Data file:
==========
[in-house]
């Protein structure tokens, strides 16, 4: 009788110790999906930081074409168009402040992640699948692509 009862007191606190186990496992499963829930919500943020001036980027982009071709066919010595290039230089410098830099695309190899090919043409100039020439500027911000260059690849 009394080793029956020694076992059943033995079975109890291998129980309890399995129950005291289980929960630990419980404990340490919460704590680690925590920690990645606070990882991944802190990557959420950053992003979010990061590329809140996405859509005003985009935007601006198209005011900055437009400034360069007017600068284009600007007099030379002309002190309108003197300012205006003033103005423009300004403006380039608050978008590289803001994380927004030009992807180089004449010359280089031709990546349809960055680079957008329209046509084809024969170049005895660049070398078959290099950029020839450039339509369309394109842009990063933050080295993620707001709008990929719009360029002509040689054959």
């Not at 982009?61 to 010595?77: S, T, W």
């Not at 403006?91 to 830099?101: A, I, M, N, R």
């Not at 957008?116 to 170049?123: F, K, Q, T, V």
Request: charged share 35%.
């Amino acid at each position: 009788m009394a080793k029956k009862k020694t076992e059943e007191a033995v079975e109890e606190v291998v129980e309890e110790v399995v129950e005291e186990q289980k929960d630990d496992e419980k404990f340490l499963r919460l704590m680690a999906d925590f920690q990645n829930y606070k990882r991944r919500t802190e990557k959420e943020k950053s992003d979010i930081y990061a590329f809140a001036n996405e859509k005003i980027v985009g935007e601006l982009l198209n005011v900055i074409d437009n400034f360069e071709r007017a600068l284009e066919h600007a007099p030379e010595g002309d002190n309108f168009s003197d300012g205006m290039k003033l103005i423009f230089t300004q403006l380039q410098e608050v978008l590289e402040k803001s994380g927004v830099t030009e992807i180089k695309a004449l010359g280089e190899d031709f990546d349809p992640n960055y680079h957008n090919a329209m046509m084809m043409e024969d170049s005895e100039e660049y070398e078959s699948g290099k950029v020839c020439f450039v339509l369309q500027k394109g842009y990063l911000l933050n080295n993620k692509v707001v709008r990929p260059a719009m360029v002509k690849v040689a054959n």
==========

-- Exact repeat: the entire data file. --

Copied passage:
[in-house]
């Protein structure tokens, strides 16, 4: 009788110790999906930081074409168009402040992640699948692509 009862007191606190186990496992499963829930919500943020001036980027982009071709066919010595290039230089410098830099695309190899090919043409100039020439500027911000260059690849 009394080793029956020694076992059943033995079975109890291998129980309890399995129950005291289980929960630990419980404990340490919460704590680690925590920690990645606070990882991944802190990557959420950053992003979010990061590329809140996405859509005003985009935007601006198209005011900055437009400034360069007017600068284009600007007099030379002309002190309108003197300012205006003033103005423009300004403006380039608050978008590289803001994380927004030009992807180089004449010359280089031709990546349809960055680079957008329209046509084809024969170049005895660049070398078959290099950029020839450039339509369309394109842009990063933050080295993620707001709008990929719009360029002509040689054959």
């Not at 982009?61 to 010595?77: S, T, W």
């Not at 403006?91 to 830099?101: A, I, M, N, R």
């Not at 957008?116 to 170049?123: F, K, Q, T, V």
Request: charged share 35%.
């Amino acid at each position: 009788m009394a080793k029956k009862k020694t076992e059943e007191a033995v079975e109890e606190v291998v129980e309890e110790v399995v129950e005291e186990q289980k929960d630990d496992e419980k404990f340490l499963r919460l704590m680690a999906d925590f920690q990645n829930y606070k990882r991944r919500t802190e990557k959420e943020k950053s992003d979010i930081y990061a590329f809140a001036n996405e859509k005003i980027v985009g935007e601006l982009l198209n005011v900055i074409d437009n400034f360069e071709r007017a600068l284009e066919h600007a007099p030379e010595g002309d002190n309108f168009s003197d300012g205006m290039k003033l103005i423009f230089t300004q403006l380039q410098e608050v978008l590289e402040k803001s994380g927004v830099t030009e992807i180089k695309a004449l010359g280089e190899d031709f990546d349809p992640n960055y680079h957008n090919a329209m046509m084809m043409e024969d170049s005895e100039e660049y070398e078959s699948g290099k950029v020839c020439f450039v339509l369309q500027k394109g842009y990063l911000l933050n080295n993620k692509v707001v709008r990929p260059a719009m360029v002509k690849v040689a054959n």